Trip Start Jul 24, 2006
19Trip End Oct 28, 2006
Map your own trip!
Show trip route
It was very difficult to leave our little backpackers' paradise on the shores of Lake Malawi, with its fantastic food and beautiful setting, but we finally made it out of Nkhata Bay and on to the next destination. We took the overnight bus down to Blantyre, arrived at 6 in the morning, and hopped on the 7am bus to Harare. It was a pretty painless bus ride, and arrived more or less on time, which is always a pleasant surprise, despite 2 border crossings (once into Mozambique, and then into Zimbabwe).
There were only three other tourists on the bus with us and had met very few other travelers along the way that had gone through Zimbabwe, so we were rather surprised when we got to the guesthouse to find it full
For a country in crisis, Harare showed virtually no signs of it. The streets were filled with people in suits going to work, there were hardly any homeless or beggars loitering in the parks, and the city's skyscrapers were still sparkling. The only giveaway were the long lines at the banks as people waited to withdraw money...something that we had not seen anywhere else in Africa so far. In fact, people are not officially allowed to have more than 100,000 Zim dollars on them because the bank has had a terrible time with people hording money. Since the government refuses to let the currency float, the Zim dollar is way overvalued - the official exchange rate to the dollar is 250 Zim to 1 US, whereas the real rate is more like 700 Zim to 1 US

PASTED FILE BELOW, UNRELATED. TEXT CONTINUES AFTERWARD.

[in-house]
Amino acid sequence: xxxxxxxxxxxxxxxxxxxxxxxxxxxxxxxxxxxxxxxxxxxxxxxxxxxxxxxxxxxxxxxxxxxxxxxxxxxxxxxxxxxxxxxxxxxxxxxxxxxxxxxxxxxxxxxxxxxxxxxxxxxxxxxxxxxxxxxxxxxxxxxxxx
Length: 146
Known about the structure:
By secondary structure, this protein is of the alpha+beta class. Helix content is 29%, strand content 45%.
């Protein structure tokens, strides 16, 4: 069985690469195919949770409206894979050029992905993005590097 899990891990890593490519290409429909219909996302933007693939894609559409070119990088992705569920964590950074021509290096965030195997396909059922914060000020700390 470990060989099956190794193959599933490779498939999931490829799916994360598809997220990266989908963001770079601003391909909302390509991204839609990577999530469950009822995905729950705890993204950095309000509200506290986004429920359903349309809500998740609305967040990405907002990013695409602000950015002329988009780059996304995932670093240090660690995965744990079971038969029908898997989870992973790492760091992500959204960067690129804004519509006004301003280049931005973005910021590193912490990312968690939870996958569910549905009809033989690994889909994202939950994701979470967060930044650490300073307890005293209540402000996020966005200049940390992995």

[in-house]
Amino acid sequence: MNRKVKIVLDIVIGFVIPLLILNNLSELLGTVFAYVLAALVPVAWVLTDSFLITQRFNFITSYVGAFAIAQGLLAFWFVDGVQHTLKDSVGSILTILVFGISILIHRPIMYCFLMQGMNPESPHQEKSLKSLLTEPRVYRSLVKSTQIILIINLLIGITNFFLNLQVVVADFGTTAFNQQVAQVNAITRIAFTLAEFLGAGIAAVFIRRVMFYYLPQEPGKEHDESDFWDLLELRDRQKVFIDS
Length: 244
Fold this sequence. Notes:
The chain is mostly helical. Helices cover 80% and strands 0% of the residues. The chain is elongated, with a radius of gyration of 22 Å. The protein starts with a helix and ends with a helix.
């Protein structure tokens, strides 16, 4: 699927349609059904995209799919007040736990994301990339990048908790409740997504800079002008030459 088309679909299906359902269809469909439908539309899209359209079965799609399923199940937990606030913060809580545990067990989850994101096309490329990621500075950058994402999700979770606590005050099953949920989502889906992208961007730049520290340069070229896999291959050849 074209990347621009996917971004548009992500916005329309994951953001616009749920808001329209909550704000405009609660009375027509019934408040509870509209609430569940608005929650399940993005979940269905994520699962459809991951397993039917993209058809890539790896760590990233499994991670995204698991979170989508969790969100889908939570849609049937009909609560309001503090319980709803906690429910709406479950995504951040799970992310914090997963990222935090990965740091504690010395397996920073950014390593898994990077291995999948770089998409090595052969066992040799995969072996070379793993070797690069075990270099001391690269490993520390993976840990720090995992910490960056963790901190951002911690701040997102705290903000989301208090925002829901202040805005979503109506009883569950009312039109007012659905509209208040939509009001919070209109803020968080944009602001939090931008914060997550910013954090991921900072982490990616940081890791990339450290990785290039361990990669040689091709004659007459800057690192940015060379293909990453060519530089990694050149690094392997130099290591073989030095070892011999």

As I said, apart from having to exchange money on the parallel market and the occasional shortages at restaurants of various items, as a tourist you would hardly know that there was a crisis. We spent two days at a Lodge just outside of town that has an adjacent game reserve where we could walk out by ourselves among the zebra, elands, and bucks. After a bit of R&R at the lodge, my cousin Anthony came to pick us up and we spent two days with him in and around Harare, having a wonderful time exploring the city and catching up
In fact, many of the parks around the country have suffered from the economic crisis. Not only are their far fewer tourists, but poaching for food and firewood by surrounding villagers has increased, reducing the flora and fauna of these parks.
After having a high tea at Meikles, a last Lion beer with Anthony, and a failed attempt to make it to Lake Kariba, we left for Bulawayo.